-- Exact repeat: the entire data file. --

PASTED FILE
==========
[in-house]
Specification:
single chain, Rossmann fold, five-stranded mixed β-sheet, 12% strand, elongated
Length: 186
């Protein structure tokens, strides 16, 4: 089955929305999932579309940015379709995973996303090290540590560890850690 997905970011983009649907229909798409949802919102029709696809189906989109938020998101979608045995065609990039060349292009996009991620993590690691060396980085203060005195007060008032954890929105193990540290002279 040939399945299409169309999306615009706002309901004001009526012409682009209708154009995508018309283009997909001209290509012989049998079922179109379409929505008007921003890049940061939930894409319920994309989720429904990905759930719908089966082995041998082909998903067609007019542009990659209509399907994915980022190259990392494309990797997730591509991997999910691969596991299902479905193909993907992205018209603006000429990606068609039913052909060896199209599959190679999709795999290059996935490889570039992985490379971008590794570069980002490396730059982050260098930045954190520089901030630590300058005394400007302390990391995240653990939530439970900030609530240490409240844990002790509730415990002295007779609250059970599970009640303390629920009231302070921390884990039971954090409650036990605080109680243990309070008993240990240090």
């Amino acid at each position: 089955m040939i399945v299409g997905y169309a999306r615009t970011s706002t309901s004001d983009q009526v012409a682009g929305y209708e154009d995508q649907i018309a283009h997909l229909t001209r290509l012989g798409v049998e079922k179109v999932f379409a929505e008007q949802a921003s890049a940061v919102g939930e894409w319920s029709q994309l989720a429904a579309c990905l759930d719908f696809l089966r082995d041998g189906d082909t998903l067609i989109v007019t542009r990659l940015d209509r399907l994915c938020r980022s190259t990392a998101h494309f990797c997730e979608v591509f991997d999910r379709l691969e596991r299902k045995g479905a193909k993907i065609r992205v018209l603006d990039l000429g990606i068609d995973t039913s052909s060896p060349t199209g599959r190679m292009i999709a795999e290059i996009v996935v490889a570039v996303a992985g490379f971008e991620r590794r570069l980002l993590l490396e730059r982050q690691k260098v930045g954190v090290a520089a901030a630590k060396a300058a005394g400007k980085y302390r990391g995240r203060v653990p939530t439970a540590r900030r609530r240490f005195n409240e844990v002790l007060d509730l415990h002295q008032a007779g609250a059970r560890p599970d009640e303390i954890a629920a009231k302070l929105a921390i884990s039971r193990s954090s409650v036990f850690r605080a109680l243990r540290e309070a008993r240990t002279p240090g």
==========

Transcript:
[in-house]
Specification:
single chain, Rossmann fold, five-stranded mixed β-sheet, 12% strand, elongated
Length: 186
């Protein structure tokens, strides 16, 4: 089955929305999932579309940015379709995973996303090290540590560890850690 997905970011983009649907229909798409949802919102029709696809189906989109938020998101979608045995065609990039060349292009996009991620993590690691060396980085203060005195007060008032954890929105193990540290002279 040939399945299409169309999306615009706002309901004001009526012409682009209708154009995508018309283009997909001209290509012989049998079922179109379409929505008007921003890049940061939930894409319920994309989720429904990905759930719908089966082995041998082909998903067609007019542009990659209509399907994915980022190259990392494309990797997730591509991997999910691969596991299902479905193909993907992205018209603006000429990606068609039913052909060896199209599959190679999709795999290059996935490889570039992985490379971008590794570069980002490396730059982050260098930045954190520089901030630590300058005394400007302390990391995240653990939530439970900030609530240490409240844990002790509730415990002295007779609250059970599970009640303390629920009231302070921390884990039971954090409650036990605080109680243990309070008993240990240090």
């Amino acid at each position: 089955m040939i399945v299409g997905y169309a999306r615009t970011s706002t309901s004001d983009q009526v012409a682009g929305y209708e154009d995508q649907i018309a283009h997909l229909t001209r290509l012989g798409v049998e079922k179109v999932f379409a929505e008007q949802a921003s890049a940061v919102g939930e894409w319920s029709q994309l989720a429904a579309c990905l759930d719908f696809l089966r082995d041998g189906d082909t998903l067609i989109v007019t542009r990659l940015d209509r399907l994915c938020r980022s190259t990392a998101h494309f990797c997730e979608v591509f991997d999910r379709l691969e596991r299902k045995g479905a193909k993907i065609r992205v018209l603006d990039l000429g990606i068609d995973t039913s052909s060896p060349t199209g599959r190679m292009i999709a795999e290059i996009v996935v490889a570039v996303a992985g490379f971008e991620r590794r570069l980002l993590l490396e730059r982050q690691k260098v930045g954190v090290a520089a901030a630590k060396a300058a005394g400007k980085y302390r990391g995240r203060v653990p939530t439970a540590r900030r609530r240490f005195n409240e844990v002790l007060d509730l415990h002295q008032a007779g609250a059970r560890p599970d009640e303390i954890a629920a009231k302070l929105a921390i884990s039971r193990s954090s409650v036990f850690r605080a109680l243990r540290e309070a008993r240990t002279p240090g």